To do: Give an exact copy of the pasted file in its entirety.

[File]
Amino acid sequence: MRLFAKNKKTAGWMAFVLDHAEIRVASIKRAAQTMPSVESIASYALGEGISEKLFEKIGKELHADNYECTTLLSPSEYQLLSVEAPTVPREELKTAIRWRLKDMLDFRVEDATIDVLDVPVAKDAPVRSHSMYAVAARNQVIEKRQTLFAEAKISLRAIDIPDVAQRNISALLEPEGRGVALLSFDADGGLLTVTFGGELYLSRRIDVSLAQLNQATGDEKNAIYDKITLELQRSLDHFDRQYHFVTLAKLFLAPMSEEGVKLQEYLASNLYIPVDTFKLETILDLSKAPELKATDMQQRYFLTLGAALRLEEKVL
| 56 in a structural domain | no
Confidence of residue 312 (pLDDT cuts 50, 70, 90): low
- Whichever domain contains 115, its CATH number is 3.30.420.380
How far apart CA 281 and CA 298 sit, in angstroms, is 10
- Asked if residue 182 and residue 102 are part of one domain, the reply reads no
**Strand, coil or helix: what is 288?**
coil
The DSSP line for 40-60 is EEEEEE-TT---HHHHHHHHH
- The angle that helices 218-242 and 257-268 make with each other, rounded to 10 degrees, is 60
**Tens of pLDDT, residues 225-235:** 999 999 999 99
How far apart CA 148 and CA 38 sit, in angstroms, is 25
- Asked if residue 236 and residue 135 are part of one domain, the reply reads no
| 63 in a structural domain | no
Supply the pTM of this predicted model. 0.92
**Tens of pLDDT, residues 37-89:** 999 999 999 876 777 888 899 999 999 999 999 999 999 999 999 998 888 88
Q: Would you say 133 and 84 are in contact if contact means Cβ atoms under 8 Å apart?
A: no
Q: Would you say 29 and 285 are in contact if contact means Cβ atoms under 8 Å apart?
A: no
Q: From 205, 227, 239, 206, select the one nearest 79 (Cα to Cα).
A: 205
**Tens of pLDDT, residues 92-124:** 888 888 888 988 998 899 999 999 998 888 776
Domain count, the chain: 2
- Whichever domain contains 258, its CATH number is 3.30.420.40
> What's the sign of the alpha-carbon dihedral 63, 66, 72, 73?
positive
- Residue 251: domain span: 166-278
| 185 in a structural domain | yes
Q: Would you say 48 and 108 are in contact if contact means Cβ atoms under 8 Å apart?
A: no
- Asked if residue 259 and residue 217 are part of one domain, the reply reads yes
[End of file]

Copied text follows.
Amino acid sequence: MRLFAKNKKTAGWMAFVLDHAEIRVASIKRAAQTMPSVESIASYALGEGISEKLFEKIGKELHADNYECTTLLSPSEYQLLSVEAPTVPREELKTAIRWRLKDMLDFRVEDATIDVLDVPVAKDAPVRSHSMYAVAARNQVIEKRQTLFAEAKISLRAIDIPDVAQRNISALLEPEGRGVALLSFDADGGLLTVTFGGELYLSRRIDVSLAQLNQATGDEKNAIYDKITLELQRSLDHFDRQYHFVTLAKLFLAPMSEEGVKLQEYLASNLYIPVDTFKLETILDLSKAPELKATDMQQRYFLTLGAALRLEEKVL
| 56 in a structural domain | no
Confidence of residue 312 (pLDDT cuts 50, 70, 90): low
- Whichever domain contains 115, its CATH number is 3.30.420.380
How far apart CA 281 and CA 298 sit, in angstroms, is 10
- Asked if residue 182 and residue 102 are part of one domain, the reply reads no
**Strand, coil or helix: what is 288?**
coil
The DSSP line for 40-60 is EEEEEE-TT---HHHHHHHHH
- The angle that helices 218-242 and 257-268 make with each other, rounded to 10 degrees, is 60
**Tens of pLDDT, residues 225-235:** 999 999 999 99
How far apart CA 148 and CA 38 sit, in angstroms, is 25
- Asked if residue 236 and residue 135 are part of one domain, the reply reads no
| 63 in a structural domain | no
Supply the pTM of this predicted model. 0.92
**Tens of pLDDT, residues 37-89:** 999 999 999 876 777 888 899 999 999 999 999 999 999 999 999 998 888 88
Q: Would you say 133 and 84 are in contact if contact means Cβ atoms under 8 Å apart?
A: no
Q: Would you say 29 and 285 are in contact if contact means Cβ atoms under 8 Å apart?
A: no
Q: From 205, 227, 239, 206, select the one nearest 79 (Cα to Cα).
A: 205
**Tens of pLDDT, residues 92-124:** 888 888 888 988 998 899 999 999 998 888 776
Domain count, the chain: 2
- Whichever domain contains 258, its CATH number is 3.30.420.40
> What's the sign of the alpha-carbon dihedral 63, 66, 72, 73?
positive
- Residue 251: domain span: 166-278
| 185 in a structural domain | yes
Q: Would you say 48 and 108 are in contact if contact means Cβ atoms under 8 Å apart?
A: no
- Asked if residue 259 and residue 217 are part of one domain, the reply reads yes